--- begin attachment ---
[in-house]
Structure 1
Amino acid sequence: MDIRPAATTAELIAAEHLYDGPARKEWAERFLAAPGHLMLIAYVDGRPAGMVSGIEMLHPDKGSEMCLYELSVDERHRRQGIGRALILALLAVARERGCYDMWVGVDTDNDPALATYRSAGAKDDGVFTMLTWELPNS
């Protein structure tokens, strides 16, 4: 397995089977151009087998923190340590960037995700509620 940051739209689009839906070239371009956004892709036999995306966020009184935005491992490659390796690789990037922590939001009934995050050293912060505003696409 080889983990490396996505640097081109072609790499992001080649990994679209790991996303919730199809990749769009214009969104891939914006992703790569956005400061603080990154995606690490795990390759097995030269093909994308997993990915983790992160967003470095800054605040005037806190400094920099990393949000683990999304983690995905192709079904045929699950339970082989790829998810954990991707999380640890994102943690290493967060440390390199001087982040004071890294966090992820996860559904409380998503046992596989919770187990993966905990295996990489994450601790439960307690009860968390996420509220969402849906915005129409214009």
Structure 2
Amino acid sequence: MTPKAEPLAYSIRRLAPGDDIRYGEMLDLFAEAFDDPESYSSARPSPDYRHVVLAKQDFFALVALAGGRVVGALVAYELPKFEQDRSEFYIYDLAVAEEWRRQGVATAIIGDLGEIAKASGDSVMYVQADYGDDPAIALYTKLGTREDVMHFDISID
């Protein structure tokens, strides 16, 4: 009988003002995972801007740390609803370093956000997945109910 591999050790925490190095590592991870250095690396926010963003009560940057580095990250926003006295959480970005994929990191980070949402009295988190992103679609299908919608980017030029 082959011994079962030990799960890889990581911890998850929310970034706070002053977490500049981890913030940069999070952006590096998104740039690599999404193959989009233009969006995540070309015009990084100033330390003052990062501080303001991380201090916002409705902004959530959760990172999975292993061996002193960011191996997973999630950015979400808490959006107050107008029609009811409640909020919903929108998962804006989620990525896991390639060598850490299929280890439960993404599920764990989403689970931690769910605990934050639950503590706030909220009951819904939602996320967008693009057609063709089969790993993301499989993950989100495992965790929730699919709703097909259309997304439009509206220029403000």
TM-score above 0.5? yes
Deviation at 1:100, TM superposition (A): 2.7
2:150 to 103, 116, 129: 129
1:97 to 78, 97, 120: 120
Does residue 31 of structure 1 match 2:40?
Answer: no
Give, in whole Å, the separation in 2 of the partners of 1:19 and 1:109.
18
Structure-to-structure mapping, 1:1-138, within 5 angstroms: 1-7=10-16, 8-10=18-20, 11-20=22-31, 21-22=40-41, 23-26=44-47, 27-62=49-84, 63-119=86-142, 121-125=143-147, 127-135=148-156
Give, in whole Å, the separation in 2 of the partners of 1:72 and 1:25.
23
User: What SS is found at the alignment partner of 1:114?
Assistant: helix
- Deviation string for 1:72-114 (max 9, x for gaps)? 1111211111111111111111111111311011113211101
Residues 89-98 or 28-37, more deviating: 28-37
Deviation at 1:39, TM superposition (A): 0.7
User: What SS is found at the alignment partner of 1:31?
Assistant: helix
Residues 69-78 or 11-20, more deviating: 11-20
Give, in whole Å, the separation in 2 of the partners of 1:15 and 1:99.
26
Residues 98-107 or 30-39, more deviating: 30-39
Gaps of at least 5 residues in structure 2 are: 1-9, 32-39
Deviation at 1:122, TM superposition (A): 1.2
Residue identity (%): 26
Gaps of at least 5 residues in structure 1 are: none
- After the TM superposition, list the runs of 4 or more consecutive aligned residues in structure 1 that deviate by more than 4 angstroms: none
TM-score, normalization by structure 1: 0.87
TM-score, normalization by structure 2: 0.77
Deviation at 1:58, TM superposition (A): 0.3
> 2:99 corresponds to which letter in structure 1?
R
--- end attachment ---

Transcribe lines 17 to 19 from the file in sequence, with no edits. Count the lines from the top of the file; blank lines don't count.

Give, in whole Å, the separation in 2 of the partners of 1:72 and 1:25.
23
User: What SS is found at the alignment partner of 1:114?